Ming Dynasty Military
During the Ming Dynasty, soldiers had one of lowest social standings. Unlike the western armies, being a soldier in the Ming Dynasty military was an inherited job and they came from a professional warrior class. Due to the low social status, the morale of the troops was very low and the motivation was just survival.
Soldiers by Birth
The system of inherited soldiers had an inherent advantage. The causalities could easily be replaced. In case a soldier died in battle, his family was expected to provide one of its able-bodied members as a replacement.
If the family did not provide a replacement, it would lose its livelihood and often become beggars. In some cases, Ming Dynasty soldiers were even treated as cannon fodder.
The Ming infantry had a company that consisted of 112 men. This was similar to their European counterparts. The men were essentially grouped in administrative units that were made up of ordinary and specialist soldiers and another 40% were armed with long-range weapons, such as crossbows, bows, and firearms of some kind. The remaining 20% bore swords and shields.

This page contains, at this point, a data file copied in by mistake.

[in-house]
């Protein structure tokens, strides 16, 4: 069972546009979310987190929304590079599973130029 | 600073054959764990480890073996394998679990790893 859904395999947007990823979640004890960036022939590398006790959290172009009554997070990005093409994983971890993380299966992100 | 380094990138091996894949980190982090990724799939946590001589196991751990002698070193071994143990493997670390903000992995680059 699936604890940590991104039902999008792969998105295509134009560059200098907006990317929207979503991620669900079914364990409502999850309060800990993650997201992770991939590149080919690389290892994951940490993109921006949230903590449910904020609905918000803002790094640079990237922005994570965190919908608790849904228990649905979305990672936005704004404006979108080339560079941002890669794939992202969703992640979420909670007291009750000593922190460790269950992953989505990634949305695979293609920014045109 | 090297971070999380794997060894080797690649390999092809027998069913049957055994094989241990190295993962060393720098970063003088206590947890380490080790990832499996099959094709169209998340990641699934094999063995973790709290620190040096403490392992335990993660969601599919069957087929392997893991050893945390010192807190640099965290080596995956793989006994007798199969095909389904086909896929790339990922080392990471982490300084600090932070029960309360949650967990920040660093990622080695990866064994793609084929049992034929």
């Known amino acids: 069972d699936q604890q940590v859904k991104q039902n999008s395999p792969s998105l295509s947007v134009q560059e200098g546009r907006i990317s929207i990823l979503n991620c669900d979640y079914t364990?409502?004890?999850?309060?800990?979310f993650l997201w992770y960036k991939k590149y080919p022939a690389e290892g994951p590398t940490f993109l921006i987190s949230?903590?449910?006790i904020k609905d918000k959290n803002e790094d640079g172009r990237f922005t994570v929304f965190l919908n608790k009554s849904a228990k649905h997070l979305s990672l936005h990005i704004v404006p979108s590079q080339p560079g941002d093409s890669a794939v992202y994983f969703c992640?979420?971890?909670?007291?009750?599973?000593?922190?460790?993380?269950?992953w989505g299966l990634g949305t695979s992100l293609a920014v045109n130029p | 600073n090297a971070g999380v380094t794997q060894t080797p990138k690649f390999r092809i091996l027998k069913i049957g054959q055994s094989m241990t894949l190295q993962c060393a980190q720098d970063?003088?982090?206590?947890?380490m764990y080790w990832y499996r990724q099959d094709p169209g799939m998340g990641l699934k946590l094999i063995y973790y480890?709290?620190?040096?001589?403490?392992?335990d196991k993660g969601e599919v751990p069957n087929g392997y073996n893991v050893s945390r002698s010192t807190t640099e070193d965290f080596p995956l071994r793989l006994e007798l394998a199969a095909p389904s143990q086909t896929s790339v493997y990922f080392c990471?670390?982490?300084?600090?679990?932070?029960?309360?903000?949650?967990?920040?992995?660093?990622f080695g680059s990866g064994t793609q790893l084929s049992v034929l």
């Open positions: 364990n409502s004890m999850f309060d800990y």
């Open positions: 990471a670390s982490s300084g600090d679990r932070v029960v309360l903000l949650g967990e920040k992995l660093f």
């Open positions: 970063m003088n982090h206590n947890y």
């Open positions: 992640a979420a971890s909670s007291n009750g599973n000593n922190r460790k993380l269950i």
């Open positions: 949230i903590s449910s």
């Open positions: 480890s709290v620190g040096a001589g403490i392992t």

The Ming dynasty cavalry was not heavily equipped. They only had archers on horses and lancers with shields. At first, this tactic paid off, but later, the advantage greatly declined due to better strategies adopted by their enemies. The cavalry carried sabers but never used them. The horse archers were ineffective and vulnerable at close range. The lancers relied on charging to break enemy formations and retreated if they failed.
One of the notable features of the Ming Dynasty military was its centralized planning. The entire army would be re-equipped and re-trained for a certain campaign. This caused the military to have lots of bureaucracy and therefore did not respond quickly and effectively to an immediate threat. Using troops for non-military purposes further reduced their battle readiness and military prowess.